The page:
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A few days ago, I read an article that I found through Google. I analyzed it and find that article is correct, and then I prepared a paper of my own built on the basis of that article. But when I tried to complete the references section, I realized that the source article had not been published.

Now I do not know what to do. On the one hand, the article is correct, but on the other hand, it has not been formally published.

How to send my article based on another paper that has not been published?

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You can give credit to another author referencing as "unpublished", but it means you will have to include the statements that you consider correct and use in your paper, with the proofs as an integral part of it, so that the referee can check the correctness of your paper. –  anna v Dec 15 '12 at 17:08
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migrated from physics.stackexchange.com Dec 16 '12 at 19:39

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2 Answers

Actually, the paper in question has been published, otherwise you sure couldn't read it :)

I admit that may sound stupid and unhelpful, but I think there is more to it that you recognize. The paper you built upon has been published, but not through conventional means. It doesn't mean you can't use it, but a few specific “rules of thumb” have to be observed:

  • Refer to the paper by its URL and, if identifiable, the owner/editor/publisher of the website. Example:

    “Link between al dente cooking time and a change of slope in the pasta fractal length”, A. N. Onym, http://bigpasta.com/paper42.pdf (publisher: Pasta Inc.)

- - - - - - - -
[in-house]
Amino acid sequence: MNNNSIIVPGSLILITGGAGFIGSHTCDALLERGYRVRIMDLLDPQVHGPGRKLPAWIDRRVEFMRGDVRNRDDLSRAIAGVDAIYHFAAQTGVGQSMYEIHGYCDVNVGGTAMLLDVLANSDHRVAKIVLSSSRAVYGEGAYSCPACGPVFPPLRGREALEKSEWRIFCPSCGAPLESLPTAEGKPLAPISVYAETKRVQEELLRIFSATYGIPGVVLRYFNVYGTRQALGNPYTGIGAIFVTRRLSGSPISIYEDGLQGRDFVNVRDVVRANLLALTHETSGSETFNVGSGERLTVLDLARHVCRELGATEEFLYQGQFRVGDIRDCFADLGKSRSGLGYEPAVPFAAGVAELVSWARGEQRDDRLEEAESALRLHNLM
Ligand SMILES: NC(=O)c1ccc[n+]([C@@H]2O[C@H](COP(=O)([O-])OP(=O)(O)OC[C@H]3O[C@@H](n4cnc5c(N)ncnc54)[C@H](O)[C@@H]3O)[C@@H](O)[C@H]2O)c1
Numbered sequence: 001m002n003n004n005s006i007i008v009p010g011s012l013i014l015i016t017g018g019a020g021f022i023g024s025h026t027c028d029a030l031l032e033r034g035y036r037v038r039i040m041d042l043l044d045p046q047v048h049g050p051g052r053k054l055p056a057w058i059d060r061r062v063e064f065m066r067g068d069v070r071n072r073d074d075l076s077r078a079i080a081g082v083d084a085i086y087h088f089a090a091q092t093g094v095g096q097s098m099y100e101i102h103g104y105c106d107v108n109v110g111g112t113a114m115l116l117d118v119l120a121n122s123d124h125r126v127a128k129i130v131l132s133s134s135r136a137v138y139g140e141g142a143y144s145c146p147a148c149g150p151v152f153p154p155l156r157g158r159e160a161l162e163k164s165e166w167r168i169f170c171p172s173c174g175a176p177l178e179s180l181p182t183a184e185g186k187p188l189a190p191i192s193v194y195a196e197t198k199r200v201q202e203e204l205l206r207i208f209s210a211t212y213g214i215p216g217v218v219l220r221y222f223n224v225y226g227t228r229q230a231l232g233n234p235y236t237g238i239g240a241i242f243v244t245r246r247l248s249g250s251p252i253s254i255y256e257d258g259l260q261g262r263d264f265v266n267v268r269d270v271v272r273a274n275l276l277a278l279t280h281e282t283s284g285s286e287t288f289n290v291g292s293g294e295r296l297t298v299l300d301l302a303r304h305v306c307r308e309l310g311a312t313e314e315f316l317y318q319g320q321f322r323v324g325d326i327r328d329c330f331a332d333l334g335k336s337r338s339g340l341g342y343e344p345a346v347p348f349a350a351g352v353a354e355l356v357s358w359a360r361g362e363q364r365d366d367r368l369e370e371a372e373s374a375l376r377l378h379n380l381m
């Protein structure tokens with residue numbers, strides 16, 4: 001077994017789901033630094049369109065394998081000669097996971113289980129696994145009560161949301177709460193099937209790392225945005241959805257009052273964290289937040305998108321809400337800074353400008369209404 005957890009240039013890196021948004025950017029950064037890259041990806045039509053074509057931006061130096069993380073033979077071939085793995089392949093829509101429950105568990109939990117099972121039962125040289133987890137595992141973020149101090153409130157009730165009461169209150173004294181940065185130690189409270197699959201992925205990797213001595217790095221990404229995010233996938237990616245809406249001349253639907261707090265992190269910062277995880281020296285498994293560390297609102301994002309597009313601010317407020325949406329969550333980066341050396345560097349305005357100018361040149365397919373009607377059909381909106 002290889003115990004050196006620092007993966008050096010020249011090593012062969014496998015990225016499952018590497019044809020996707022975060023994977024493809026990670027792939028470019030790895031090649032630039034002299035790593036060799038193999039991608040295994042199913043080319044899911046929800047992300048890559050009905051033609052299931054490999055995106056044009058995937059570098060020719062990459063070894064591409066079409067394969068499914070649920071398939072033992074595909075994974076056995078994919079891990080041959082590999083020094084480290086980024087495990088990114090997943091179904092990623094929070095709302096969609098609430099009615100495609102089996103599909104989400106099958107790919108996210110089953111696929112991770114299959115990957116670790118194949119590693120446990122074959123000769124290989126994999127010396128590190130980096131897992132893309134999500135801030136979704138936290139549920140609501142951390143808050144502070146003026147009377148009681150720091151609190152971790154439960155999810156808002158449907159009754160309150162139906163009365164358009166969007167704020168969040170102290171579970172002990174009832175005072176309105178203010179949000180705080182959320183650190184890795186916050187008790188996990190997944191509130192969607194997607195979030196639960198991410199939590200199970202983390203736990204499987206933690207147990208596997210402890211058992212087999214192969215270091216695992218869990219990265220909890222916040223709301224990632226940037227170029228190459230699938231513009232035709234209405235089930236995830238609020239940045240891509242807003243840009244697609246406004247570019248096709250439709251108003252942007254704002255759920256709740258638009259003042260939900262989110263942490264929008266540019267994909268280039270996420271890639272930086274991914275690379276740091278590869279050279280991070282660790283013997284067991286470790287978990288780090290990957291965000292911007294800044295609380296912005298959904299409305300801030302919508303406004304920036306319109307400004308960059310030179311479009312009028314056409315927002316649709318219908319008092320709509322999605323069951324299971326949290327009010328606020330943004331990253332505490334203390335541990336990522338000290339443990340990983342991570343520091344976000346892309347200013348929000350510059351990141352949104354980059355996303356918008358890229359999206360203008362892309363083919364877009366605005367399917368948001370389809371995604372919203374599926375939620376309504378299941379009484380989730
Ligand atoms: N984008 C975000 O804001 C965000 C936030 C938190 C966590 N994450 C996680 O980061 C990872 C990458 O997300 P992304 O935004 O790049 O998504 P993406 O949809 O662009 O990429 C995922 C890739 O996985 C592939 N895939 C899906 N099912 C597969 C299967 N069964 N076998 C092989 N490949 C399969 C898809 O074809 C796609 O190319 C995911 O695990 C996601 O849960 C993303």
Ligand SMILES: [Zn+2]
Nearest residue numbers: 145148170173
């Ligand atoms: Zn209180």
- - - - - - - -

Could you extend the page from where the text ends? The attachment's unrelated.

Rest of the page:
• Because this content may have a shorter lifetime than academic publications, you should quote directly all necessary claims made into this work in your paper, rather than merely using the reference on a vague claim. Your paper should be standalone, and fully understandable even if the other one disappears.

  • You may also contact the original paper author, if possible, to ask how they would like to be cited. Perhaps they have another related work which you missed, that was published in a more conventional way?

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@Md.GolamRashed a “white paper” is usually a committee report or proposal by an authoritative organization. There may be many other types of “not conventionally published papers”, including someone posting it on their personal website, or whatever… –  F'x Dec 16 '12 at 20:21
    
@F'x it is not so simple guys that its look. in physics you can not send your article based on air. –  Neo Dec 16 '12 at 20:23
    
@Neo why don't you elaborate in an answer? I don't think publishers consider non-commercially published papers as “air”, but I would be interested in where you draw the line… –  F'x Dec 16 '12 at 20:27
    
infact, physics reviewers (Title: Prof, Dr...) are Slightly aggressive to these types of papers –  Neo Dec 16 '12 at 20:32
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@Neo: You are making excuses. You found the refernce you want to use somewhere. That "somewhere" is a citation. And yes, if it isn't a peer reviewed paper the reviewer are likely to look twice at it. If is isn't peer reviewed does looks suspicious and your paper relies on it, then your paper might be rejected, but that situation is no worse the if you don't cite it. –  dmckee Dec 16 '12 at 22:57
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It's unclear from your description whether you've just written your own version of the earlier paper, with no new results of your own, or whether you've significantly extended the results in the earlier paper. In the first case, you cannot publish your paper. In the second, you must cite the earlier paper, using whatever information would be necessary for your readers to find it, just as F'x describes.

In either case, I strongly recommend contacting the author of the earlier paper and asking them how they would like to proceed. They may invite you to be a coauthor on their paper. They may invite themselves to be a coauthor on your paper. They may use your email as a kick in the pants to formally publish their paper, but without you as a coauthor, leaving you to publish your new results on your own.

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